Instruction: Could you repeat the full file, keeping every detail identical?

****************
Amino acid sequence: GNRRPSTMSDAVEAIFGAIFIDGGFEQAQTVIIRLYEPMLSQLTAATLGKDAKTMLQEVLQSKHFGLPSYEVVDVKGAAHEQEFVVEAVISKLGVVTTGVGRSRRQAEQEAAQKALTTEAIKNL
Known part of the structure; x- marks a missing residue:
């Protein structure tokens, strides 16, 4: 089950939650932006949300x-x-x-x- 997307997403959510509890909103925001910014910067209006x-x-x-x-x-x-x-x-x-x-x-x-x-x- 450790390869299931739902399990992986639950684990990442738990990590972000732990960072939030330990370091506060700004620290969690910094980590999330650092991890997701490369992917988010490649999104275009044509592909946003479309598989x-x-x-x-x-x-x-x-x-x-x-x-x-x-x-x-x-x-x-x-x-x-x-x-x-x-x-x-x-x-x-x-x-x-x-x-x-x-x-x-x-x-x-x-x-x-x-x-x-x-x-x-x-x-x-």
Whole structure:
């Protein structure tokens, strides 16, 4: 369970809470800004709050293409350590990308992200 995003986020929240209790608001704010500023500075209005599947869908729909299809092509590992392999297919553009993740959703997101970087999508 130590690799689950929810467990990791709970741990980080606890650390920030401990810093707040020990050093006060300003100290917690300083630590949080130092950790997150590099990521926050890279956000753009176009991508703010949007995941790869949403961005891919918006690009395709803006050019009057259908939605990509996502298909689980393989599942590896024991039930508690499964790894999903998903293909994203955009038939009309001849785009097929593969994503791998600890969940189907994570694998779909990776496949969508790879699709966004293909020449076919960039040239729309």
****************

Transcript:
Amino acid sequence: GNRRPSTMSDAVEAIFGAIFIDGGFEQAQTVIIRLYEPMLSQLTAATLGKDAKTMLQEVLQSKHFGLPSYEVVDVKGAAHEQEFVVEAVISKLGVVTTGVGRSRRQAEQEAAQKALTTEAIKNL
Known part of the structure; x- marks a missing residue:
């Protein structure tokens, strides 16, 4: 089950939650932006949300x-x-x-x- 997307997403959510509890909103925001910014910067209006x-x-x-x-x-x-x-x-x-x-x-x-x-x- 450790390869299931739902399990992986639950684990990442738990990590972000732990960072939030330990370091506060700004620290969690910094980590999330650092991890997701490369992917988010490649999104275009044509592909946003479309598989x-x-x-x-x-x-x-x-x-x-x-x-x-x-x-x-x-x-x-x-x-x-x-x-x-x-x-x-x-x-x-x-x-x-x-x-x-x-x-x-x-x-x-x-x-x-x-x-x-x-x-x-x-x-x-």
Whole structure:
């Protein structure tokens, strides 16, 4: 369970809470800004709050293409350590990308992200 995003986020929240209790608001704010500023500075209005599947869908729909299809092509590992392999297919553009993740959703997101970087999508 130590690799689950929810467990990791709970741990980080606890650390920030401990810093707040020990050093006060300003100290917690300083630590949080130092950790997150590099990521926050890279956000753009176009991508703010949007995941790869949403961005891919918006690009395709803006050019009057259908939605990509996502298909689980393989599942590896024991039930508690499964790894999903998903293909994203955009038939009309001849785009097929593969994503791998600890969940189907994570694998779909990776496949969508790879699709966004293909020449076919960039040239729309």